Researcher John Page, also known as hyp3rlinx, spoke about the discovery of the CVE-2019-9491 vulnerability affecting the Trend Micro Anti-Threat Toolkit (ATTK) and allowing arbitrary code execution.It turns out that the software with which user wants to protect his machine can be used to run malware. Cannot believe it? Read on!
Page found that ATTK can be tricked and taken out to execute any program or arbitrary malware during a scan. To do this, simply name the desired cmd.exe or regedit.exe file.
“Trend Micro Anti-Threat Toolkit (ATTK) will load and execute arbitrary .EXE files if a malware author happens to use the vulnerable naming convention of ‘cmd.exe’ or ‘regedit.exe. And the malware can be placed in the vicinity of the ATTK when a scan is launched by the end user.” – John Page (aka hyp3rlinx) explained on Saturday.
In fact, it is enough for an attacker to save a file named cmd.exe or regedit.exe on the victim’s computer (for example, it could be an attachment in an email) and it will be executed by ATTK.
Since ATTK is signed by a trusted publisher, this will circumvent any MOTW security warnings.
Demonstration of exploitation of vulnerability:
In addition, if the malware was downloaded from the Internet, ATTK can become a mechanism for its constant presence in the system, since every time the Anti-Threat Toolkit starts, the malware will run.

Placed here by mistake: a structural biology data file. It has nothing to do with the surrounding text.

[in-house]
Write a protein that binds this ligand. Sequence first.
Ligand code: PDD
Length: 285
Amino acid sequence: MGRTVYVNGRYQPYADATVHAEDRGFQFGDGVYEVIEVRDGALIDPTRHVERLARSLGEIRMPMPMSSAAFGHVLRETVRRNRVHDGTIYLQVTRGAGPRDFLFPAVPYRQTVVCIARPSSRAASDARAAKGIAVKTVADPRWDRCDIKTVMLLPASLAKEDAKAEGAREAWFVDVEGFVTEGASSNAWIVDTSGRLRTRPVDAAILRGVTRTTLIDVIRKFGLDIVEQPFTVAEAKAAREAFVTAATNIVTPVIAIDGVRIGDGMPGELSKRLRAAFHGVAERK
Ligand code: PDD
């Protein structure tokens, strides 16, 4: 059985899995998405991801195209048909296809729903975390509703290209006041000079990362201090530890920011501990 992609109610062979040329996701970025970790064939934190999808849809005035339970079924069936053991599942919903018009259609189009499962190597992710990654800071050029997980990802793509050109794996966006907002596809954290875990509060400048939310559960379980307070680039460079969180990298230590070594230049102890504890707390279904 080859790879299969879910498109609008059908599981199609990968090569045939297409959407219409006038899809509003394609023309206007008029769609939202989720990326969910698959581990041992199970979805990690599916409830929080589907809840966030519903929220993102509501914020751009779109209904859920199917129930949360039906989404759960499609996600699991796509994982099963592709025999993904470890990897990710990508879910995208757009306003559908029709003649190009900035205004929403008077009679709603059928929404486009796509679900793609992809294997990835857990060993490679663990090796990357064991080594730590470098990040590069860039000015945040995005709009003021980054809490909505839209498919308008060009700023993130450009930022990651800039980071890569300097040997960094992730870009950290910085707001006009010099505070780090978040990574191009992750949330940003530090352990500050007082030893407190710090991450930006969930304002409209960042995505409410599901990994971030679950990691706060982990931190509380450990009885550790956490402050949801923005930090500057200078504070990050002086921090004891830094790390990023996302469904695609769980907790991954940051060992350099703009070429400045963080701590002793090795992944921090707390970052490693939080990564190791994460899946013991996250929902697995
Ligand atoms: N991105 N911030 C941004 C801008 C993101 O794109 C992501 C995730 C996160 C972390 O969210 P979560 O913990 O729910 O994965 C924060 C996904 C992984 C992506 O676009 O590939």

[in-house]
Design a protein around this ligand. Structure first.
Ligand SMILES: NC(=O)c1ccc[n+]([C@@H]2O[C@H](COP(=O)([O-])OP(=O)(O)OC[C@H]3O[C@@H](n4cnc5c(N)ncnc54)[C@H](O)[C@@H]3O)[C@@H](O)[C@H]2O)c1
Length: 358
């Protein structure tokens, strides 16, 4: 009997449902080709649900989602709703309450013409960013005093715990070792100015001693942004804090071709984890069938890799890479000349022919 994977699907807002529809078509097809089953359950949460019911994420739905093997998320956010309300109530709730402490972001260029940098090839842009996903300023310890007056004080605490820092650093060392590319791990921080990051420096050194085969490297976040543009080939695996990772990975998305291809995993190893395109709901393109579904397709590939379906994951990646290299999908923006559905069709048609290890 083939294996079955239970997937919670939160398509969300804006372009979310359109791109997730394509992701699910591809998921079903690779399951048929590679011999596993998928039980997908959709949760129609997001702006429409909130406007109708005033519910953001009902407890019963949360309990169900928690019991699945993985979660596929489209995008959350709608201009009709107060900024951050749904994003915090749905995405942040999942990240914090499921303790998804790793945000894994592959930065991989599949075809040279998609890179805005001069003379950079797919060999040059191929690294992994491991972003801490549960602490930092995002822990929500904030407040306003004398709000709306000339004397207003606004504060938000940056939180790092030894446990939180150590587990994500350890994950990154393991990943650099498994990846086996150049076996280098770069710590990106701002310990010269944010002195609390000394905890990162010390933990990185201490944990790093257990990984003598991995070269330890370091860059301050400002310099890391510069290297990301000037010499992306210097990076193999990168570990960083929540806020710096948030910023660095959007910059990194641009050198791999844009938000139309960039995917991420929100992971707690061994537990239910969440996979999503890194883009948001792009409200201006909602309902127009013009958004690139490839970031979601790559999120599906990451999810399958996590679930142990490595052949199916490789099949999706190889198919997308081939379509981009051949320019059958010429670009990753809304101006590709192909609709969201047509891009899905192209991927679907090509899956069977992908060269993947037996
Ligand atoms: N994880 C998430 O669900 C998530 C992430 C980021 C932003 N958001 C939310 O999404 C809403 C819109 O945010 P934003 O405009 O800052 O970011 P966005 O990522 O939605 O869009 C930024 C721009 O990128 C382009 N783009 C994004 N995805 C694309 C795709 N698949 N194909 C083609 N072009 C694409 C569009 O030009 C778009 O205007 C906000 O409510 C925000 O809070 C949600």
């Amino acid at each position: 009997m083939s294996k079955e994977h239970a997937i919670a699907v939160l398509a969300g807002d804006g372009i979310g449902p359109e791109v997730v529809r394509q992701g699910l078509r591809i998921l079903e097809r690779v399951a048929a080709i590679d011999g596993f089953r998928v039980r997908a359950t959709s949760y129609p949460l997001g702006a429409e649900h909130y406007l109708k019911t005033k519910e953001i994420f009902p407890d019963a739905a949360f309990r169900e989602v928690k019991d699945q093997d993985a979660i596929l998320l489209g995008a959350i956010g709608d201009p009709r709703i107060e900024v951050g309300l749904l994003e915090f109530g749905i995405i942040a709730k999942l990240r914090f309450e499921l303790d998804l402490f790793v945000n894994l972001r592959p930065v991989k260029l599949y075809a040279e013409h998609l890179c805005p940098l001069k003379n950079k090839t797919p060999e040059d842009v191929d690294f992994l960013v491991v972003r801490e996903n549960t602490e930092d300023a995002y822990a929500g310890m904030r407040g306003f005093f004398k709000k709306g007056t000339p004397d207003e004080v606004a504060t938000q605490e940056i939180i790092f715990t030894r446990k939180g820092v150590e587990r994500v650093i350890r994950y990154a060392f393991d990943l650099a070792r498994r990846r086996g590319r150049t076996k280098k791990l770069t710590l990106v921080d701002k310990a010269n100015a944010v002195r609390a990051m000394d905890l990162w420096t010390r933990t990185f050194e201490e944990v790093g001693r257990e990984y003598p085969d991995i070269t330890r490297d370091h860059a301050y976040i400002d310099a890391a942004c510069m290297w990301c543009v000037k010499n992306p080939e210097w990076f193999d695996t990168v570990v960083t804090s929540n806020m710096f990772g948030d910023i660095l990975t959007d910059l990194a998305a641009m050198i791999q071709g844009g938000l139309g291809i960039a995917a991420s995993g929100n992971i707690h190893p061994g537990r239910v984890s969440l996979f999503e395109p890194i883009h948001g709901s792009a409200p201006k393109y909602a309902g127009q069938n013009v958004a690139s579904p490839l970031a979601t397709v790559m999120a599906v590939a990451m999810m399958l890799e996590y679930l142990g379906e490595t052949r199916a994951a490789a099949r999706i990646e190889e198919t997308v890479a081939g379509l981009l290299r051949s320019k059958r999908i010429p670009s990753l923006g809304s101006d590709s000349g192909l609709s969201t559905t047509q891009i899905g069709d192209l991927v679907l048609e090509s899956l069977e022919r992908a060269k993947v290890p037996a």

Since the ATTK is signed by verified publisher and therefore assumed trusted any MOTW security warnings are bypassed if the malware was internet downloaded, also it can become a persistence mechanism as each time the Anti-Threat Toolkit is run so can an attackers malware”, — confirms John Page (aka hyp3rlinx).
Trend Micro developers have already fixed this vulnerability by releasing a patch late last week. Users are now advised to update ATTK to version 126.96.36.1993 as soon as possible.
Just in case, try not to save files called cmd.exe or regedit.exe on a Windows PC.
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